Gaia early data release – The Gaia Sky in colour – Image credit: ESA/Gaia/DPAC – Image license: CC-BY-SA 3.0 IGO – Acknowledgement: created by A. Moitinho, University of Lisbon, Portugal

Plenty of events are organized today, so please join to celebrate this new release!

Gaia@AIP hosts the data from all Gaia data releases complemented with additional catalogues and cross-matches. The data can be queried directly using the Structured Query Language (SQL), so you can retrieve only the data subset you interested in. After registration, you can use the Query Form to perform your query. We also prepared a set of examples and tutorials for you to get started.

For more information please refer to the Documentation.

TAP interface documentation updated

The documentation for the TAP interface was updated for Python 3 and pyvo version>=1.0. The TAP interface allows you to run Queries via scripted access.

VOTable upload available

With the latest update of Daiquiri, VOTable upload is finally available. You can find the upload tab on the Query interface. The upload interface expects the table to be in the VOTable format.

Re-normalised Unit Weight Error (RUWE)

We added a table containing the recently released re-normalised unit weight error estimates for many of the sources from the Gaia DR2 list. The error estimates are available through gdr2_contrib.ruwe table which can be easily joined with the gaia_source table or other tables containing the source_id identifier. Full documentation on how the error values were derived and their suggested usage can be found in this document.

Distance estimations from parallaxes

Distances estimated from parallaxes of Gaia’s second data release as described in the paper by Bailer-Jones et al. (2018) are now available on! The data can be found in the gdr2_contrib schema and it’s easily linked to the gaia_source table through the source_id unique identifier.

ADQL and PostgreSQL queries in the new framework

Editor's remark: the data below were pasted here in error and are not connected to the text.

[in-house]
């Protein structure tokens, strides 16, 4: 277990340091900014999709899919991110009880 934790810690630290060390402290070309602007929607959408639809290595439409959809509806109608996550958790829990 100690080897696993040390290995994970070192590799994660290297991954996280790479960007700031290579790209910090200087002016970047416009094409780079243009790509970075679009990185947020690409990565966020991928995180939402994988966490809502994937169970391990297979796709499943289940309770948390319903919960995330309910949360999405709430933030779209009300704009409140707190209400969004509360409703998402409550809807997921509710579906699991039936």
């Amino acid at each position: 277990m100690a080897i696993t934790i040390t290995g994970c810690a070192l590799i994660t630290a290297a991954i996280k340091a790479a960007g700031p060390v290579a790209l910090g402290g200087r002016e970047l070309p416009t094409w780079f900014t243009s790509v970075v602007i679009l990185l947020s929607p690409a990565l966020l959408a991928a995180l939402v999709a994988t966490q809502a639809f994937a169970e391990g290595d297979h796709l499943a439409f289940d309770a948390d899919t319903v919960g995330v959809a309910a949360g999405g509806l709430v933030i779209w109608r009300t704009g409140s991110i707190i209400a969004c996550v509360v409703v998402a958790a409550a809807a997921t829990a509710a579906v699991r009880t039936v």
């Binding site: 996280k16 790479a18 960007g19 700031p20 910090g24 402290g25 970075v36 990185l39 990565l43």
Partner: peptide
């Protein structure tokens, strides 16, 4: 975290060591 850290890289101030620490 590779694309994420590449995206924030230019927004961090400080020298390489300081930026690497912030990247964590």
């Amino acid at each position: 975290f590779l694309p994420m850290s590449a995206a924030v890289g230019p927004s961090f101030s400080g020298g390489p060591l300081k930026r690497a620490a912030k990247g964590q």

One of the new features in the new Daiquiri framework is the support of the Astronomical Data Query Language v2.0 (ADQL). This version of the SQL was designed specifically to be used in astronomy and comes with statements that facilitate cone-search queries and other positional selections. All ADQL queries that are submitted for the execution are translated to PostgreSQL dialect before they are passed to the database server. Users can also choose to write their queries in the PostgreSQL directly. In some cases this is more desirable since the ADQL does not support all features that are available in PostgreSQL, namely working with array structures.

As an example let us write an ADQL query that selects stars around the M4 globular cluster from the Gaia DR1 main table:

SELECT ra, dec
FROM gdr1.gaia_source
                   CIRCLE('ICRS',4.2917,-0.4629, 0.008))

The cone selection is done using the CONTAINS statement. Alternatively, we can rewrite the same query using the PostgreSQL dialect in the following way:

SELECT ra, dec
FROM gdr1.gaia_source
WHERE pos @ scircle(spoint(RADIANS(4.2917),RADIANS(-0.4629)), RADIANS(0.008))

Here we use the PgSphere functions ‘scircle’ and ‘spoint’ to define the region. We connect the column containing the positional information (right ascension and declination) ‘pos’ to the cone selection with the @ operator. But you need to apply RADIANS() to the (RA,DEC) values. To learn more about the available PgSphere functions and capabilities please refer to the documentation here.